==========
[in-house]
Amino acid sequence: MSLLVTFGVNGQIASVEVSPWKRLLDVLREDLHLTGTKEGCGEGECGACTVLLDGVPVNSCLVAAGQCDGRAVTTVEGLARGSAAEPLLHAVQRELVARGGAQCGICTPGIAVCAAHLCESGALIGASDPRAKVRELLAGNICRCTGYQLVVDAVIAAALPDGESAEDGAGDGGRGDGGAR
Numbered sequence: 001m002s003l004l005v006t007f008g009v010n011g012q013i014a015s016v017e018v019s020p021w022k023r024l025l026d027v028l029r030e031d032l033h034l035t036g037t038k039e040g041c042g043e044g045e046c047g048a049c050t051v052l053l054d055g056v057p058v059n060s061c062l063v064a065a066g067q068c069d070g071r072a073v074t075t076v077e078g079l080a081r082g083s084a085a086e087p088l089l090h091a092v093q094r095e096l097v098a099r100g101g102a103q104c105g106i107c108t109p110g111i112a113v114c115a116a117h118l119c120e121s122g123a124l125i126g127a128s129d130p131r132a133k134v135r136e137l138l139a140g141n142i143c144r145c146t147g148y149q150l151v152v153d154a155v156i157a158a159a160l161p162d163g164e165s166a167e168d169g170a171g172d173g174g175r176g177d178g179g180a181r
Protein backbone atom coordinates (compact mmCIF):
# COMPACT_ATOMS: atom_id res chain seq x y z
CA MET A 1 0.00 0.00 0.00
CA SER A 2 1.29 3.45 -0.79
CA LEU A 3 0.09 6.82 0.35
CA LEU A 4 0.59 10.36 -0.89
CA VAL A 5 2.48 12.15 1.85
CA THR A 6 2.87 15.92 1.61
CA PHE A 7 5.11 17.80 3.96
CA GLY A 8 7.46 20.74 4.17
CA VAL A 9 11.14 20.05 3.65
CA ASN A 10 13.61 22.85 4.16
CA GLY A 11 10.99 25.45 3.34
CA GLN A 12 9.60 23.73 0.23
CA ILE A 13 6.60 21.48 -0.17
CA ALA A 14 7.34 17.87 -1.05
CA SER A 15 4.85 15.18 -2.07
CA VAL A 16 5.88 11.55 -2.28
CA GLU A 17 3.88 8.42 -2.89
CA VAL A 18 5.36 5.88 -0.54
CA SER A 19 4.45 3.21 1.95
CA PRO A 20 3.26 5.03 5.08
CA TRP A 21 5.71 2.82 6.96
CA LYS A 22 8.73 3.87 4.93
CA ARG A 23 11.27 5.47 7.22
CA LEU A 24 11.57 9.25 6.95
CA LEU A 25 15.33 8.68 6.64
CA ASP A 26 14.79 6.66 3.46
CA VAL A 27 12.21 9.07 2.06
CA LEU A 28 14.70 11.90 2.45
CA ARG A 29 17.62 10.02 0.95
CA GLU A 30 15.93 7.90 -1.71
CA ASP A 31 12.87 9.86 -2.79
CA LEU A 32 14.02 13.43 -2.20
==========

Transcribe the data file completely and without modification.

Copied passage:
[in-house]
Amino acid sequence: MSLLVTFGVNGQIASVEVSPWKRLLDVLREDLHLTGTKEGCGEGECGACTVLLDGVPVNSCLVAAGQCDGRAVTTVEGLARGSAAEPLLHAVQRELVARGGAQCGICTPGIAVCAAHLCESGALIGASDPRAKVRELLAGNICRCTGYQLVVDAVIAAALPDGESAEDGAGDGGRGDGGAR
Numbered sequence: 001m002s003l004l005v006t007f008g009v010n011g012q013i014a015s016v017e018v019s020p021w022k023r024l025l026d027v028l029r030e031d032l033h034l035t036g037t038k039e040g041c042g043e044g045e046c047g048a049c050t051v052l053l054d055g056v057p058v059n060s061c062l063v064a065a066g067q068c069d070g071r072a073v074t075t076v077e078g079l080a081r082g083s084a085a086e087p088l089l090h091a092v093q094r095e096l097v098a099r100g101g102a103q104c105g106i107c108t109p110g111i112a113v114c115a116a117h118l119c120e121s122g123a124l125i126g127a128s129d130p131r132a133k134v135r136e137l138l139a140g141n142i143c144r145c146t147g148y149q150l151v152v153d154a155v156i157a158a159a160l161p162d163g164e165s166a167e168d169g170a171g172d173g174g175r176g177d178g179g180a181r
Protein backbone atom coordinates (compact mmCIF):
# COMPACT_ATOMS: atom_id res chain seq x y z
CA MET A 1 0.00 0.00 0.00
CA SER A 2 1.29 3.45 -0.79
CA LEU A 3 0.09 6.82 0.35
CA LEU A 4 0.59 10.36 -0.89
CA VAL A 5 2.48 12.15 1.85
CA THR A 6 2.87 15.92 1.61
CA PHE A 7 5.11 17.80 3.96
CA GLY A 8 7.46 20.74 4.17
CA VAL A 9 11.14 20.05 3.65
CA ASN A 10 13.61 22.85 4.16
CA GLY A 11 10.99 25.45 3.34
CA GLN A 12 9.60 23.73 0.23
CA ILE A 13 6.60 21.48 -0.17
CA ALA A 14 7.34 17.87 -1.05
CA SER A 15 4.85 15.18 -2.07
CA VAL A 16 5.88 11.55 -2.28
CA GLU A 17 3.88 8.42 -2.89
CA VAL A 18 5.36 5.88 -0.54
CA SER A 19 4.45 3.21 1.95
CA PRO A 20 3.26 5.03 5.08
CA TRP A 21 5.71 2.82 6.96
CA LYS A 22 8.73 3.87 4.93
CA ARG A 23 11.27 5.47 7.22
CA LEU A 24 11.57 9.25 6.95
CA LEU A 25 15.33 8.68 6.64
CA ASP A 26 14.79 6.66 3.46
CA VAL A 27 12.21 9.07 2.06
CA LEU A 28 14.70 11.90 2.45
CA ARG A 29 17.62 10.02 0.95
CA GLU A 30 15.93 7.90 -1.71
CA ASP A 31 12.87 9.86 -2.79
CA LEU A 32 14.02 13.43 -2.20